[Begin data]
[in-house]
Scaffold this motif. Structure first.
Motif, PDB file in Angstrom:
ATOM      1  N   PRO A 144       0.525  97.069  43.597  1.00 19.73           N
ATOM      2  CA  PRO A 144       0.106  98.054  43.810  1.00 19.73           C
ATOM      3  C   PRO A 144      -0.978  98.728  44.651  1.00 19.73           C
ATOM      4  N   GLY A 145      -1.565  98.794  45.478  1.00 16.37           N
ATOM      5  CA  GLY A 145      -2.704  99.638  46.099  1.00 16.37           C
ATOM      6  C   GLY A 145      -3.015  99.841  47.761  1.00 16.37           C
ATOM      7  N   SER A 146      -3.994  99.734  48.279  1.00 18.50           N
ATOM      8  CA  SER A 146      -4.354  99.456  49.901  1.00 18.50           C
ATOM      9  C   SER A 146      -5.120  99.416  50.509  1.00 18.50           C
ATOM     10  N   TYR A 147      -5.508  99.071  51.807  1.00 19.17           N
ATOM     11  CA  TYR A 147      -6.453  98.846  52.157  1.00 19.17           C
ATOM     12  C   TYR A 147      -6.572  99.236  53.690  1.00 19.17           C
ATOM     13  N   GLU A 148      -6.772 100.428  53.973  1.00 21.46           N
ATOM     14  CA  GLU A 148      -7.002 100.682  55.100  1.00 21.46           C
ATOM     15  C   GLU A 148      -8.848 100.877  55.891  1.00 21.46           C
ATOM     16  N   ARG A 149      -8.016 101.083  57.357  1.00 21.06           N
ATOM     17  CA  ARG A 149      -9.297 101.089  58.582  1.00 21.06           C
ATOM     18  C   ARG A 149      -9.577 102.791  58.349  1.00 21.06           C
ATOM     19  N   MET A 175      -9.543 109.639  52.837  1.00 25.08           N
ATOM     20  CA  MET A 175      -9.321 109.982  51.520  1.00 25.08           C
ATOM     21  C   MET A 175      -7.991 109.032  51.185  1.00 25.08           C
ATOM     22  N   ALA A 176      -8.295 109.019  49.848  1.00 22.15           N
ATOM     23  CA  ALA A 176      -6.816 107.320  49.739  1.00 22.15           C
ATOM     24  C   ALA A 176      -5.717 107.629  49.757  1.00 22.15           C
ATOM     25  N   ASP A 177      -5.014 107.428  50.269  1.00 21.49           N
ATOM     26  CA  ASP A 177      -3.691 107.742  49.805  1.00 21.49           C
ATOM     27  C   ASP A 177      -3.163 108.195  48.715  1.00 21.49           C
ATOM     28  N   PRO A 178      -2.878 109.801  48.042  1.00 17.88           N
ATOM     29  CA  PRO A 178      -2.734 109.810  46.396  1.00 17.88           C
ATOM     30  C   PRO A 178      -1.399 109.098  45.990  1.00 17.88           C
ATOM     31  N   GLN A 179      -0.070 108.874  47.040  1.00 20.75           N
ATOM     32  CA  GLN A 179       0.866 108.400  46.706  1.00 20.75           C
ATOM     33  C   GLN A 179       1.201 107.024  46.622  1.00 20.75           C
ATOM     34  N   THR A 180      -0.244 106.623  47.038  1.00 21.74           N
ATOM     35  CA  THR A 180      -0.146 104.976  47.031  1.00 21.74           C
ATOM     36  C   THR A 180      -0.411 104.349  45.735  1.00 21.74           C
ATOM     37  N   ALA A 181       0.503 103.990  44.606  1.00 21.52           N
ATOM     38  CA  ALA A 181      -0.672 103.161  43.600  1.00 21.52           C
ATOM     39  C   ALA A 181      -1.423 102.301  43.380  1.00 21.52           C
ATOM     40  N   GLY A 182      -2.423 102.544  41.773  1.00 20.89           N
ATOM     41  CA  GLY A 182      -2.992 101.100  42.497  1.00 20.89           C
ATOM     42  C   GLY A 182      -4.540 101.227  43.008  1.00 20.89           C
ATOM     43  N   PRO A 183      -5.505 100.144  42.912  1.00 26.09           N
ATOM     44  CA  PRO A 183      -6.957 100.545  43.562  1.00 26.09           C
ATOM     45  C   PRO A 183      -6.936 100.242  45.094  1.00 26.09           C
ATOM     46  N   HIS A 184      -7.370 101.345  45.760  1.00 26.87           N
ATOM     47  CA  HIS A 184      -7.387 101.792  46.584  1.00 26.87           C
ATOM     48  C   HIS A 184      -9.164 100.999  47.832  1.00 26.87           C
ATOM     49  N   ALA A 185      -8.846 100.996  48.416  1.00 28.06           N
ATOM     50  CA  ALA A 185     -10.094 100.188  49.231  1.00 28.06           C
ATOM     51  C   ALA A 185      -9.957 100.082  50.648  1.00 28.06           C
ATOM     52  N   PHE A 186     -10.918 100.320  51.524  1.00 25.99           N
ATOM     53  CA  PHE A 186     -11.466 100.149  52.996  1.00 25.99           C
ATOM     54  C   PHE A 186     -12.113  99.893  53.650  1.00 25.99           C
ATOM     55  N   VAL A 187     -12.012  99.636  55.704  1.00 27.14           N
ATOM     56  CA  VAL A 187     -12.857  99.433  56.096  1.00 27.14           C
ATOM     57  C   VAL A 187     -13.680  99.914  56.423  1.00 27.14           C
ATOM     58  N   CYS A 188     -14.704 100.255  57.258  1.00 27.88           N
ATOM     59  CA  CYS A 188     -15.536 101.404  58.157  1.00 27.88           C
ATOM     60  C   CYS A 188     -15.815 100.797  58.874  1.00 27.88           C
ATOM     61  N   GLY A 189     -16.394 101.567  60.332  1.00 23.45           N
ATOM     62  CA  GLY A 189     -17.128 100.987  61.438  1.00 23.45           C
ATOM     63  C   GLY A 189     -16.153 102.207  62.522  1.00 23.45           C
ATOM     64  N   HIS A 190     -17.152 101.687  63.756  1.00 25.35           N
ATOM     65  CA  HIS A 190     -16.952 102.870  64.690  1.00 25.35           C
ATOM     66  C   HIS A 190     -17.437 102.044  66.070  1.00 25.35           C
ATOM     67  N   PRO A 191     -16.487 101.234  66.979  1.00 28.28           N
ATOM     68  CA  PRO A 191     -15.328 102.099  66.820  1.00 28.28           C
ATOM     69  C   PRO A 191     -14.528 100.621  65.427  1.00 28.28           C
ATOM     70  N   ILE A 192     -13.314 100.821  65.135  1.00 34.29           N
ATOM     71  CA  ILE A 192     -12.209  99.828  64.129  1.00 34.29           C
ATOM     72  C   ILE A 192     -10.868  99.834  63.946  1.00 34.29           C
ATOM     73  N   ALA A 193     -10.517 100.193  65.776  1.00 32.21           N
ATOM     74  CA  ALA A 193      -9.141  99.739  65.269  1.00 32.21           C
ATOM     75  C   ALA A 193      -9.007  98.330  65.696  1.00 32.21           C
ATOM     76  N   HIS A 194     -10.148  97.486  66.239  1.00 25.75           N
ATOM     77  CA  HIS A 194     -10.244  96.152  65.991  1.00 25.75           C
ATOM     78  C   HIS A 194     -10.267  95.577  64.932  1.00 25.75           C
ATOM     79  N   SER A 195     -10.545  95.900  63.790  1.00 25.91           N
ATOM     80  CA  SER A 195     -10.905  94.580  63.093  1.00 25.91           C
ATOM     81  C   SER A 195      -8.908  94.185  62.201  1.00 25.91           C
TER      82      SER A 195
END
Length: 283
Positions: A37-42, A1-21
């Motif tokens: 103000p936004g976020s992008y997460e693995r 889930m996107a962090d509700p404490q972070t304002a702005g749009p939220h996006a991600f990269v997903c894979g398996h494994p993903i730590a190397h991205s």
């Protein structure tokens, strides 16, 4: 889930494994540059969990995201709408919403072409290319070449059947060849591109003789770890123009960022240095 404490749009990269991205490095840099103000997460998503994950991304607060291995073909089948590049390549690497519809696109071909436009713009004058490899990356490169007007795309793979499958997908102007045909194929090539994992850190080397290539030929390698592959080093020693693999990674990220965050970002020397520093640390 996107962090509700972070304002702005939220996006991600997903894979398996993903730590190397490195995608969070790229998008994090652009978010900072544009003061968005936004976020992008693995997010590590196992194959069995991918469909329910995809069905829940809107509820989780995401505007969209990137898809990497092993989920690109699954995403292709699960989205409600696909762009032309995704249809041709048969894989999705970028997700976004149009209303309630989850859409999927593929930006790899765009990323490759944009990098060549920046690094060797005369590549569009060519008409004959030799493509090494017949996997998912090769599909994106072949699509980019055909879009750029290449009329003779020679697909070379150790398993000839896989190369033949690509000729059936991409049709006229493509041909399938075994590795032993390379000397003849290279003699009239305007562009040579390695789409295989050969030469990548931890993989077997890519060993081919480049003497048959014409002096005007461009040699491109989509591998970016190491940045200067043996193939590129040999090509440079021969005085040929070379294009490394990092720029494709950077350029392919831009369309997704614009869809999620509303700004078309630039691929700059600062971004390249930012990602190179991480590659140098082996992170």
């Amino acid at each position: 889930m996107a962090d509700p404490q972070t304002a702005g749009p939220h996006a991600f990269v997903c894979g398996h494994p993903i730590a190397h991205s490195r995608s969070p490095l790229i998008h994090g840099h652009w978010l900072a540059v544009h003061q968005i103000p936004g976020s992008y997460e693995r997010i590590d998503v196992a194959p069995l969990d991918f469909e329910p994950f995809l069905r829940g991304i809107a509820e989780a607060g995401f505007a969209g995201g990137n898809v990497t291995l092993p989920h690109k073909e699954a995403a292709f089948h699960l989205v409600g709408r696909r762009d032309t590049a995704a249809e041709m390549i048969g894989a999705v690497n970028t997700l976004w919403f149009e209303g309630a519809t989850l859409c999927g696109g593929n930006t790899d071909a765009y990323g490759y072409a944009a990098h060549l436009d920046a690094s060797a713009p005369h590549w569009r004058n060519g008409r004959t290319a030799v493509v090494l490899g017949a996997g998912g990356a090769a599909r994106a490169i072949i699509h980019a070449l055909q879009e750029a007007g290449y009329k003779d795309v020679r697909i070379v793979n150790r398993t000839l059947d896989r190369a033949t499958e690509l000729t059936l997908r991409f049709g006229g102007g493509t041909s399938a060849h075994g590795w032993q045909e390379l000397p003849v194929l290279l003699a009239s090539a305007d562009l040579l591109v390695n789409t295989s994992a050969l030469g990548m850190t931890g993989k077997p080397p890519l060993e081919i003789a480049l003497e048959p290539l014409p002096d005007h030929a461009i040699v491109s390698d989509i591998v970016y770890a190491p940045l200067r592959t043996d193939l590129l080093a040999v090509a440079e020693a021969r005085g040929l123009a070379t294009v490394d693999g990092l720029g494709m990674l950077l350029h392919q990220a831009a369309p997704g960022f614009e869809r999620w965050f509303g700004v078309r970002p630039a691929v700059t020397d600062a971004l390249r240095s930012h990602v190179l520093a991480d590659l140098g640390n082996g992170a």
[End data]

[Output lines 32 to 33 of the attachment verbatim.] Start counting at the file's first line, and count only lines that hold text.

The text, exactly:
ATOM     29  CA  PRO A 178      -2.734 109.810  46.396  1.00 17.88           C
ATOM     30  C   PRO A 178      -1.399 109.098  45.990  1.00 17.88           C